Author: Malín Alegría

Publisher: Simon and Schuster

ISBN: 0689878117

Category: Juvenile Fiction

Page: 291

View: 1452

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When Southern California high school senior Sofi Mendoza lies to her parents and crosses the border for a weekend party, she has no idea that she will get stuck in a Mexican village with family she has never met before, unable to return to the United States and the easy life she knew.

Deported

Policing Immigrants, Disposable Labor and Global Capitalism

Author: Tanya Golash-Boza

Publisher: NYU Press

ISBN: 1479843970

Category: Law

Page: 320

View: 3147

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The United States currently is deporting more people than ever before: 4 million people have been deported since 1997 –twice as many as all people deported prior to 1996. There is a disturbing pattern in the population deported: 97% of deportees are sent to Latin America or the Caribbean, and 88% are men, many of whom were originally detained through the U.S. criminal justice system. Weaving together hard-hitting critique and moving first-person testimonials, Deported tells the intimate stories of people caught in an immigration law enforcement dragnet that serves the aims of global capitalism. Tanya Golash-Boza uses the stories of 147 of these deportees to explore the racialized and gendered dimensions of mass deportation in the United States, showing how this crisis is embedded in economic restructuring, neoliberal reforms, and the disproportionate criminalization of black and Latino men. In the United States, outsourcing creates service sector jobs and more of a need for the unskilled jobs that attract immigrants looking for new opportunities, but it also leads to deindustrialization, decline in urban communities, and, consequently, heavy policing. Many immigrants are exposed to the same racial profiling and policing as native-born blacks and Latinos. Unlike the native-born, though, when immigrants enter the criminal justice system, deportation is often their only way out. Ultimately, Golash-Boza argues that deportation has become a state strategy of social control, both in the United States and in the many countries that receive deportees.

Yaya's Story

The Quest for Well-Being in the World

Author: Paul Stoller

Publisher: University of Chicago Press

ISBN: 9780226178790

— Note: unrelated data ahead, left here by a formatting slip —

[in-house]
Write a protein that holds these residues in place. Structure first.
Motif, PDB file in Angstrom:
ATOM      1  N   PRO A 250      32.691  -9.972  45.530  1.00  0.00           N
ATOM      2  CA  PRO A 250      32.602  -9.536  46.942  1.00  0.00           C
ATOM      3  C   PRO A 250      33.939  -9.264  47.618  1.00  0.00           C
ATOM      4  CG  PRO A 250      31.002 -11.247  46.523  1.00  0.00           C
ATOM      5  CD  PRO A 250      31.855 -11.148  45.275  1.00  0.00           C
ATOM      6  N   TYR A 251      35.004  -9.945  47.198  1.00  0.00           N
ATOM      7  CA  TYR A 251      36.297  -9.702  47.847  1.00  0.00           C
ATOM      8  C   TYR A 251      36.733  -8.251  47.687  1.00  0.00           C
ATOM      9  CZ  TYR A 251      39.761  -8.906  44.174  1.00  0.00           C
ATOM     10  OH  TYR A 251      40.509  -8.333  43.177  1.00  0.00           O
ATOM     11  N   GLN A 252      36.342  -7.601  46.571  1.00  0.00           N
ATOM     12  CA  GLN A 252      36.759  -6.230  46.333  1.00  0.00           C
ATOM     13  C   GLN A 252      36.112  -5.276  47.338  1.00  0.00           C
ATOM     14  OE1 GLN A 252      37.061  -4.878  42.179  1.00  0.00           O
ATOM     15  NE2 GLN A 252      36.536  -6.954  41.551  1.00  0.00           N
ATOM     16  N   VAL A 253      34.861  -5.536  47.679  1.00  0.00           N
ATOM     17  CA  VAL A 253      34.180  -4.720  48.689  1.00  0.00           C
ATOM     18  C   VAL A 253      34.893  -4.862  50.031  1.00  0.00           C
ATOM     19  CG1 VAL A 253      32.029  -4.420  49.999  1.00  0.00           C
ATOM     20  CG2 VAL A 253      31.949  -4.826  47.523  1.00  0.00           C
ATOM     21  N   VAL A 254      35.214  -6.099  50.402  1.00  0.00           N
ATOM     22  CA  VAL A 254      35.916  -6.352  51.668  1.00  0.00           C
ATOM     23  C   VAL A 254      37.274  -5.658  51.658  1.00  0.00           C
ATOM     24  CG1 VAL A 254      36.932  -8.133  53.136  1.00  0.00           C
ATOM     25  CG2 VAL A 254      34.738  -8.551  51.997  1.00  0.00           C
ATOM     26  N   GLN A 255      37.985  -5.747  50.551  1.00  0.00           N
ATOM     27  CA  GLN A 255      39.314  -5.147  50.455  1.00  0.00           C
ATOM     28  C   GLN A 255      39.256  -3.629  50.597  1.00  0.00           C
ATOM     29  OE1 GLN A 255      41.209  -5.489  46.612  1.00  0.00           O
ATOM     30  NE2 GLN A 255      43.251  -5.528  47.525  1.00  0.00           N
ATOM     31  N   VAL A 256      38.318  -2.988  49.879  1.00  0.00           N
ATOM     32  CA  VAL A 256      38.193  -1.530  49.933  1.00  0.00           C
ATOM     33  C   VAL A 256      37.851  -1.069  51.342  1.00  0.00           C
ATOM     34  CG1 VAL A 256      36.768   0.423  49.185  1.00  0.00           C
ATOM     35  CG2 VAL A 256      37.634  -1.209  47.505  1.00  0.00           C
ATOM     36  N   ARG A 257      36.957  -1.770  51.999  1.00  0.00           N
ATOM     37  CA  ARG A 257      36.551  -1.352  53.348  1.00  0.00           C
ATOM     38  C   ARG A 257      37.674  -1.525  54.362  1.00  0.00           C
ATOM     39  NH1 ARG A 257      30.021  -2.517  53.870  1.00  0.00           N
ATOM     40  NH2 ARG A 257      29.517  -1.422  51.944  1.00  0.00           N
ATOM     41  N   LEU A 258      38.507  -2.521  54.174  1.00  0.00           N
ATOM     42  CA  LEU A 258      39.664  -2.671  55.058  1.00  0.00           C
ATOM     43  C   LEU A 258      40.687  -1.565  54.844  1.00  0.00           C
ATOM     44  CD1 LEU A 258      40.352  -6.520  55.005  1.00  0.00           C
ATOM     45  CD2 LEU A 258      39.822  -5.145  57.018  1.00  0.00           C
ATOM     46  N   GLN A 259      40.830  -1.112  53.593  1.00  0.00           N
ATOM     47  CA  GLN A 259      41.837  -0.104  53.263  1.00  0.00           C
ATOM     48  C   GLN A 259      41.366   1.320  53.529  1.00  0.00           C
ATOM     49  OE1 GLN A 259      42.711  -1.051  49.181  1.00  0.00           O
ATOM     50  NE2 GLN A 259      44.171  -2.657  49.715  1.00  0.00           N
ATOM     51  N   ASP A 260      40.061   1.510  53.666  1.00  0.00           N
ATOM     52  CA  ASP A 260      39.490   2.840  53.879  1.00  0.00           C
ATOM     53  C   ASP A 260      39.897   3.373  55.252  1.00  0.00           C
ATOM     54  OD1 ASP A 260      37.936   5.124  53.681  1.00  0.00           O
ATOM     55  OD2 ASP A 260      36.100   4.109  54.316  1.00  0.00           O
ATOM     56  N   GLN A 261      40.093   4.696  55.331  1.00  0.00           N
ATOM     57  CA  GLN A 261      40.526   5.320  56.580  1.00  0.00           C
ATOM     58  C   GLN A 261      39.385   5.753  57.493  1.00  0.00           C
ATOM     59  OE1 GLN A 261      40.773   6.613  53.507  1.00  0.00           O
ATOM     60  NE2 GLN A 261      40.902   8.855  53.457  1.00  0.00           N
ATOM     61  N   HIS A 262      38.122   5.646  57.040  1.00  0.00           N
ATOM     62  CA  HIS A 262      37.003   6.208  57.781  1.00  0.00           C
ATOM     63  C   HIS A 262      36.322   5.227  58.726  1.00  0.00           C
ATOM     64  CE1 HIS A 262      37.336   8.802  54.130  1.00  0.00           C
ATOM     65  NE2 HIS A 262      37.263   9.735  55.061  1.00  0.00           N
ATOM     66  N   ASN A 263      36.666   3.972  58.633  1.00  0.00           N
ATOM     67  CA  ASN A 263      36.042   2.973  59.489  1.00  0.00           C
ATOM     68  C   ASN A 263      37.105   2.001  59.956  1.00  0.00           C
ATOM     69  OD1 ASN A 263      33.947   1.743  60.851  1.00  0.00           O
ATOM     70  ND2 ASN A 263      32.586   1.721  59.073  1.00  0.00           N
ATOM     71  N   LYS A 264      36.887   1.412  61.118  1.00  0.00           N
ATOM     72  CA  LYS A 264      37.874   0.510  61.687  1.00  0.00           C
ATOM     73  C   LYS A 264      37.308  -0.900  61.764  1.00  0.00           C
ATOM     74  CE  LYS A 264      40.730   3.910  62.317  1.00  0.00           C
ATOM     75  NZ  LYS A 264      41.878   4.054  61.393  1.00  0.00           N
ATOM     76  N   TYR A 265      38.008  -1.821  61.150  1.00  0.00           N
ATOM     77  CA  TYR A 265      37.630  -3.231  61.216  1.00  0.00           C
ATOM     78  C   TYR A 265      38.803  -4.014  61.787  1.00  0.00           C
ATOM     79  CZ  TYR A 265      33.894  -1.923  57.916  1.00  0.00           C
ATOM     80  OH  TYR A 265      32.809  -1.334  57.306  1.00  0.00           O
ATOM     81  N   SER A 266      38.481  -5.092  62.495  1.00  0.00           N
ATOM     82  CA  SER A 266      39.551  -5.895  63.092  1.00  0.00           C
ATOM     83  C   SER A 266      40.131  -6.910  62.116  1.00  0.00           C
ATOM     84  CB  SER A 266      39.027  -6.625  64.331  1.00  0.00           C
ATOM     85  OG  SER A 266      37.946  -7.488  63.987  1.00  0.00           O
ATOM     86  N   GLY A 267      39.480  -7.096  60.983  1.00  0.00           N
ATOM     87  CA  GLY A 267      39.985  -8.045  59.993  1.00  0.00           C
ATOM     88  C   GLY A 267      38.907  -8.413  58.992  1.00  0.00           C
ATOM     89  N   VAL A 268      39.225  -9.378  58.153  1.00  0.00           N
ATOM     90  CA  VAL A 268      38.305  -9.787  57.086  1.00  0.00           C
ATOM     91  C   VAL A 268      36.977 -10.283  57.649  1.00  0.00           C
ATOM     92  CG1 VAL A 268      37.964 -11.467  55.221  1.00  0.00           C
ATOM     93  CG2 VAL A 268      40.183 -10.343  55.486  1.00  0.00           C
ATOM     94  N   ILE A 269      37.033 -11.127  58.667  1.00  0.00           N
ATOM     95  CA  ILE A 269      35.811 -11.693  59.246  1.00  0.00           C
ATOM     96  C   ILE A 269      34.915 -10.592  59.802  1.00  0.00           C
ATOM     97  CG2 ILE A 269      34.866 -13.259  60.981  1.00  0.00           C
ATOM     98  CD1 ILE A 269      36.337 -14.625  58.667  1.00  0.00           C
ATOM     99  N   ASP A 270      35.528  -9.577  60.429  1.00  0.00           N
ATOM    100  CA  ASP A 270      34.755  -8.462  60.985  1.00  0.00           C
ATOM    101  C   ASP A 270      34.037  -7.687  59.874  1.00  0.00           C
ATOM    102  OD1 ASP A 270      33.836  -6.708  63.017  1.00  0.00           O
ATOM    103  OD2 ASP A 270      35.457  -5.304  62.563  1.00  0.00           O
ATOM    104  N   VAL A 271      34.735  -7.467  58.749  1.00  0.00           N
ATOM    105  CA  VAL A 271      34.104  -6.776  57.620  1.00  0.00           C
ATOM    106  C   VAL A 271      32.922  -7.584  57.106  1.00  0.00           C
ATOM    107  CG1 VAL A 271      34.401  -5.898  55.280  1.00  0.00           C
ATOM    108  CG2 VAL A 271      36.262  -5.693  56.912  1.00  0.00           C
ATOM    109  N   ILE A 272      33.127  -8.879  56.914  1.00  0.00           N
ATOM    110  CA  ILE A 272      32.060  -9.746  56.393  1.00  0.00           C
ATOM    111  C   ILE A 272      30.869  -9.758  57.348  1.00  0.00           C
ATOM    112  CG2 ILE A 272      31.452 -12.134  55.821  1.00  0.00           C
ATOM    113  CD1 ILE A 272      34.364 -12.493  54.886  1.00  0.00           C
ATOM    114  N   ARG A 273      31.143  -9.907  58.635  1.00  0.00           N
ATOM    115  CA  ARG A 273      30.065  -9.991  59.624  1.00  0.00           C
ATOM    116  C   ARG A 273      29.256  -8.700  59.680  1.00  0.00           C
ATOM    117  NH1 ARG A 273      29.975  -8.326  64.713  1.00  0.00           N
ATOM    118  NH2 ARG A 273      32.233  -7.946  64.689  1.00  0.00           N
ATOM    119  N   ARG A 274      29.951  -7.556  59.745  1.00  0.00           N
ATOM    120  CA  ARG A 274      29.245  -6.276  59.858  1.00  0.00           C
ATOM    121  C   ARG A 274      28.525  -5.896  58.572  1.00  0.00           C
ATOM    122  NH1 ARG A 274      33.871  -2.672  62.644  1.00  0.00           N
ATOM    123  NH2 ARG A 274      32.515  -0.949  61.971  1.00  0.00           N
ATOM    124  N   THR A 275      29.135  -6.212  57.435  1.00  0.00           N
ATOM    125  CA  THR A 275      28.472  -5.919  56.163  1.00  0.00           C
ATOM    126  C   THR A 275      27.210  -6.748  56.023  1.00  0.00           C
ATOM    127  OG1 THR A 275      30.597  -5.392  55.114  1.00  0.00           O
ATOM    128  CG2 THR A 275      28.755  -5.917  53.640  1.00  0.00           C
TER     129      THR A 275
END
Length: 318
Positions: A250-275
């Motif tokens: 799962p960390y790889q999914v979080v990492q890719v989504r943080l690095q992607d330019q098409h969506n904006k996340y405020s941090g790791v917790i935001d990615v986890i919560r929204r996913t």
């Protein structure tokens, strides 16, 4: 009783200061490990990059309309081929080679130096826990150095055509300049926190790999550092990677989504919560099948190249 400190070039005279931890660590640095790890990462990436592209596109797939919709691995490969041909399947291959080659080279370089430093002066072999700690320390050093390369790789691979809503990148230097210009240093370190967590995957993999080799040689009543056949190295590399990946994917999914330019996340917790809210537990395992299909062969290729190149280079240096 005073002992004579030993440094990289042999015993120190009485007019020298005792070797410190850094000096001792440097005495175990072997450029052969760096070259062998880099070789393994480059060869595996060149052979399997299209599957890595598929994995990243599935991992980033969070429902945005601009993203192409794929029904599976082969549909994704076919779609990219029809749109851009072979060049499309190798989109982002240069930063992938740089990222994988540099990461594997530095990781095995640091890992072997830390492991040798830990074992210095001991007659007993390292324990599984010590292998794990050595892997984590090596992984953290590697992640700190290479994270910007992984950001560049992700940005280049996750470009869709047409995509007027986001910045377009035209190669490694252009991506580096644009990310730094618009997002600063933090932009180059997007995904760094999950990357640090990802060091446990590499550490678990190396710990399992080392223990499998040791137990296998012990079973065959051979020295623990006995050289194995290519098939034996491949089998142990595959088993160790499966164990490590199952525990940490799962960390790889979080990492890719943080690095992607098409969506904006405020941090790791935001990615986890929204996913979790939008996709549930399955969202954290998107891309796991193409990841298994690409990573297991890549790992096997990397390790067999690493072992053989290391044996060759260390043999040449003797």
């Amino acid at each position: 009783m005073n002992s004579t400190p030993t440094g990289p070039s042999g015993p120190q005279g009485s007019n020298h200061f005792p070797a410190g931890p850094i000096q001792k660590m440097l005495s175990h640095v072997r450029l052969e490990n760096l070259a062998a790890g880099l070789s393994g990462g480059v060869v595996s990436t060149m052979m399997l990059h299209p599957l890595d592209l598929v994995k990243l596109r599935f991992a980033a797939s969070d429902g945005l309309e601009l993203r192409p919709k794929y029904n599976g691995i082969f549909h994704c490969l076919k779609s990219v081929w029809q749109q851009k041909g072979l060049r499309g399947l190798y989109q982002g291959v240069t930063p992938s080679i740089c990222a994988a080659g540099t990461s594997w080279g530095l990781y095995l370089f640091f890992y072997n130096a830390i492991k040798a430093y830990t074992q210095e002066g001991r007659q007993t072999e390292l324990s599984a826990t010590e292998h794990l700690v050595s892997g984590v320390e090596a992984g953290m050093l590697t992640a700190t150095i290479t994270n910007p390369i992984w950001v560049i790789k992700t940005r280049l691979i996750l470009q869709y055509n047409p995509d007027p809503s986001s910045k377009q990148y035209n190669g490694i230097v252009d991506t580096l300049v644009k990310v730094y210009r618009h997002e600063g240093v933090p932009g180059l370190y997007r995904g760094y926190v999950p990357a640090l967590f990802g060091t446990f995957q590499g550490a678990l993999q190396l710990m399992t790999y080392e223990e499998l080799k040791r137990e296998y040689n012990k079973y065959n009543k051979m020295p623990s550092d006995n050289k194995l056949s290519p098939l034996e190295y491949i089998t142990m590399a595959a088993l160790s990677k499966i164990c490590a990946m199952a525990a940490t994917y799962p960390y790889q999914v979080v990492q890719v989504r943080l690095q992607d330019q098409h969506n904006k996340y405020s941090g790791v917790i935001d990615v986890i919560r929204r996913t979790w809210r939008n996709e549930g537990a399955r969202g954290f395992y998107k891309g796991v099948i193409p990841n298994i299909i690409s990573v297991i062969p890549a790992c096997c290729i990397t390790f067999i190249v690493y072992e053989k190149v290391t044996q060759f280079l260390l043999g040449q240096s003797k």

Category: Social Science

Page: 176

View: 2204

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Yaya’s Story is a book about Yaya Harouna, a Songhay trader originally from Niger who found a path to America. It is also a book about Paul Stoller—its author—an American anthropologist who found his own path to Africa. Separated by ethnicity, language, profession, and culture, these two men’s lives couldn’t be more different. But when they were both threatened by a grave illness—cancer—those differences evaporated, and the two were brought to profound existential convergence, a deep camaraderie in the face of the most harrowing of circumstances. Yaya’s Story is that story. Harouna and Stoller would meet in Harlem, at a bustling African market where Harouna built a life as an African art trader and Stoller was conducting research. Moving from Belayara in Niger to Silver Spring, Maryland, and from the Peace Corps to fieldwork to New York, Stoller recounts their separate lives and how the threat posed by cancer brought them a new, profound, and shared sense of meaning. Combining memoir, ethnography, and philosophy through a series of interconnected narratives, he tells a story of remarkable friendship and the quest for well-being. It’s a story of difference and unity, of illness and health, a lyrical reflection on human resiliency and the shoulders we lean on.

When I Wear My Alligator Boots

Narco-Culture in the U.S. Mexico Borderlands

Author: Shaylih Muehlmann

Publisher: Univ of California Press

ISBN: 0520957180

Category: Social Science

Page: 240

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When I Wear My Alligator Boots examines how the lives of dispossessed men and women are affected by the rise of narcotrafficking along the U.S.-Mexico border. In particular, the book explores a crucial tension at the heart of the "war on drugs": despite the violence and suffering brought on by drug cartels, for the rural poor in Mexico’s north, narcotrafficking offers one of the few paths to upward mobility and is a powerful source of cultural meanings and local prestige. In the borderlands, traces of the drug trade are everywhere: from gang violence in cities to drug addiction in rural villages, from the vibrant folklore popularized in the narco-corridos of Norteña music to the icon of Jesús Malverde, the "patron saint" of narcos, tucked beneath the shirts of local people. In When I Wear My Alligator Boots, the author explores the everyday reality of the drug trade by living alongside its low-level workers, who live at the edges of the violence generated by the militarization of the war on drugs. Rather than telling the story of the powerful cartel leaders, the book focuses on the women who occasionally make their sandwiches, the low-level businessmen who launder their money, the addicts who consume their products, the mules who carry their money and drugs across borders, and the men and women who serve out prison sentences when their bosses' operations go awry.

Illegality, Inc.